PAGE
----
Sydney's Sirius building 'sore thumb' to be sold after state rejects heritage listingThe Sirius building which houses 79 flats at 36-50 Cumberland Street, The Rocks. The NSW government will divest the site and use the proceeds for more public housing. Photo: Wolter Peeters

Sydney's Sirius building 'sore thumb' to be sold after state rejects heritage listing

Demolition looms for Sydney’s controversial Sirius building at The Rocks, which will be sold to developers for an expected $100 million-plus after the NSW government decided it would not be added to the state’s heritage list.

An announcement today by Minister for Finance, Services and Property Dominic Perrottet that the NSW government would divest the “sore thumb” site to fund more than 300 social housing dwellings has disappointed longtime campaigners for the Sirius building’s preservation.

However, Mr Perrottet said it was not fair for the government to sit on such valuable assets when better use could be made of them to create new housing. Heritage listing would reduce the Sirius’ sale value, meaning fewer houses would be funded.

“Frankly, the Sirius building is not at all in harmony with the harbour and heritage that surrounds it,” he said.

“Our city deserves better, and we now have a chance to deliver a building that genuinely complements our dazzling harbour, rather than sticking out like a sore thumb.”

The decision is the culmination of a long debate over the future of the 36-50 Cumberland Street building, which rises above the approach to the Sydney Harbour Bridge. Its brutalist, stacked-cube appearance is both loved and loathed by the community.

Institute of Architects president and Save Our Sirius Foundation chairman Shaun Carter told The Sydney Morning Herald the government’s decision was disappointing.

“Sirius is fundamentally bound in that aspect of Sydney, and with the greens ban movement,” Mr Carter said. “It’s embedded in the whole society, culture and understanding of The Rocks.

“This government is showing it can’t understand what society values. It’s just about a zero-sum game. [The decision] confirms that they understand value, but not much about the society it is in.”

He said the decision would have “a very real human toll” by forcing out long-time tenants of the public housing building.

In February 2016, the Heritage Council decided the building should be preserved for its aesthetic value and rarity.

“It was a unanimous decision of the Heritage Council that the building had aesthetic significance and it also represented rarity in its design and form,” council chairman Stephen Davies said at the time.

Sydney lord mayor Clover Moore also joined the push to conserve the site.

“Historic buildings support local economies and communities by contributing to local character, building diversity, urban renewal, design excellence, social cohesion and cultural life,” Ms Moore wrote in a submission to Environment and Heritage Minister Mark Speakman.

But today Mr Speakman said adding the building to the state heritage register would reduce the site’s value by up to $70 million – money which could otherwise be used to fund about 240 social housing units.

“I am not listing it because whatever its heritage value, even at its highest that value is greatly outweighed by what would be a huge loss of extra funds from the sale of the site, funds the government intends to use to build social housing for families in great need,” Mr Speakman said.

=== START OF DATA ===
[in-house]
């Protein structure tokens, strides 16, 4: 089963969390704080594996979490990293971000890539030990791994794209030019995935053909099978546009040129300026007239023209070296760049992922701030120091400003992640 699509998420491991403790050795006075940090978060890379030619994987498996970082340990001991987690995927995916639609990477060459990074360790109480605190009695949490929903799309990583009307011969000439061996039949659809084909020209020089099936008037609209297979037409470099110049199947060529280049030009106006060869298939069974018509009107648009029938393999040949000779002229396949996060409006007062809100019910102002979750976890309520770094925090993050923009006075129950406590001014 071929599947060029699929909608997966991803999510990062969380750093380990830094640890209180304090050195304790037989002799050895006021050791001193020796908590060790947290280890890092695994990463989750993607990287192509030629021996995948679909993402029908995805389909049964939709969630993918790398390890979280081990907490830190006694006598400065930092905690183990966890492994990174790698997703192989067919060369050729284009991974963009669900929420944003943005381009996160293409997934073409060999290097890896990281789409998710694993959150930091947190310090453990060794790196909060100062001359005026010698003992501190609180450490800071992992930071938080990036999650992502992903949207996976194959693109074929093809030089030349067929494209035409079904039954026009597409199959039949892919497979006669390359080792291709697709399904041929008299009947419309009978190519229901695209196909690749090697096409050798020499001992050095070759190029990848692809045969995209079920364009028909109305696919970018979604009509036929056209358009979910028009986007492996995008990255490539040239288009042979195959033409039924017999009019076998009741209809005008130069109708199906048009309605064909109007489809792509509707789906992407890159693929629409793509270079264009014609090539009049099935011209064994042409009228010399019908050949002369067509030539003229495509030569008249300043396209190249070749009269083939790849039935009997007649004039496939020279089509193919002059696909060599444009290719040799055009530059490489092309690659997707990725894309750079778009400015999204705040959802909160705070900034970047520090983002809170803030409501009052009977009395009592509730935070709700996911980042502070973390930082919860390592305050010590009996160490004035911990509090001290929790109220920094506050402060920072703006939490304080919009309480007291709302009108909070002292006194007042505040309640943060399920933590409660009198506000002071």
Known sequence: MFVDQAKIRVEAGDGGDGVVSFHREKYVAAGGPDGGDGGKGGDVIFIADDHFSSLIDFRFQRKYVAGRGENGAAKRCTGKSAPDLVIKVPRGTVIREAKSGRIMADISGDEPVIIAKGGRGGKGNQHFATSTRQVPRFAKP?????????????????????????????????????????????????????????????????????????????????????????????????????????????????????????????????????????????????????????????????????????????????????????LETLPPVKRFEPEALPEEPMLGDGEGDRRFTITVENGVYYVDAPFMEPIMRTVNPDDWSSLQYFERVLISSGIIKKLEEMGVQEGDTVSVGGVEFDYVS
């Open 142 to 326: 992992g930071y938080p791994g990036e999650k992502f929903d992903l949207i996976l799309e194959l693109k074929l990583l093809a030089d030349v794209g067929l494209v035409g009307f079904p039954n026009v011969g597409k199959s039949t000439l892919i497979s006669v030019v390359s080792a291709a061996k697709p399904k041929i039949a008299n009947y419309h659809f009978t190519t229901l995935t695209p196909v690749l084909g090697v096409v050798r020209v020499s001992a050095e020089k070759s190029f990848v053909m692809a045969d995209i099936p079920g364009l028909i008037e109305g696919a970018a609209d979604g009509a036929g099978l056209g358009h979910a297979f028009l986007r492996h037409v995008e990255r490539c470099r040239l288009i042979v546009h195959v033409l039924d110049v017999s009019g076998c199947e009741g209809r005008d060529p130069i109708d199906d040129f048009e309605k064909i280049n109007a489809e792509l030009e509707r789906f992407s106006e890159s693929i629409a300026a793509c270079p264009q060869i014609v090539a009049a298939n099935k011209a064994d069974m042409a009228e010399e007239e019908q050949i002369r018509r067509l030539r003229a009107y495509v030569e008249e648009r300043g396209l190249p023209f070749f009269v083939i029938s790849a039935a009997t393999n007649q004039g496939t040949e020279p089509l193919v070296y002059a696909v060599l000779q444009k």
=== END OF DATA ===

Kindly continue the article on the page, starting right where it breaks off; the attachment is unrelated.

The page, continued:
“This doesn’t mean a practice that money trumps heritage. Here there is a dramatic contrast between whatever heritage value Sirius has and what would be the huge loss of funds for getting people who need a helping hand off the social housing waiting list.”

Designed in the late 1970s by architect Tao Gofers, who is keen to see the building preserved, the Sirius complex was built in 1980 to provide public housing for up to 200 people. Only a few of the 79 apartments remain occupied after most of the tenants were moved out through a government relocation program.

But even Gofers admits there is one aspect of the building he regrets.

“When we were finally starting the concrete works, they came to me and they said look, we’ve got to save $200,000. Let’s take the white cement out. And I agreed,” he said in an interview with Domain.

“I’ve kicked myself for 35 years. It should have been white, you know like the Qantas building down the road? It should have been a whiter building because now it’s a light grey – and I’m not happy with that.”

The former Qantas House, now renamed 1 Chifley Square. PIC JIM RICE..11.07.05..PIC FOR AFR. PIC SHOWS...QANTAS BUILDING .1 CHIEFLY SQ SYDNEY SPECIALX 38881Architect Tao Gofers wanted a lighter-coloured exterior for the Sirius building, like that of the former Qantas House, since renamed 1 Chifley Square. Photo: Jim Rice

Property NSW and the Office of Environment and Heritage will prepare a Stage 1 development application, which is expected to be lodged in the first half of 2017, for the property.

Any new building on the site would be required to fit in with the character of The Rocks historical precinct, with strict planning controls to cover building scale, minimising the impact on views and vistas and building materials.

Property NSW will develop “an appropriate disposal strategy” for the site.

Mr Speakman said he would argue for any future building’s floor space to be restricted to what is currently allowed.

According to NSW government figures, proceeds from the sale of state-owned properties in nearby Millers Point have already funded more than 600 new social housing dwellings across the state. The sell-off in the historical suburb, which has uprooted state housing tenants, continues to draw strong community opposition.

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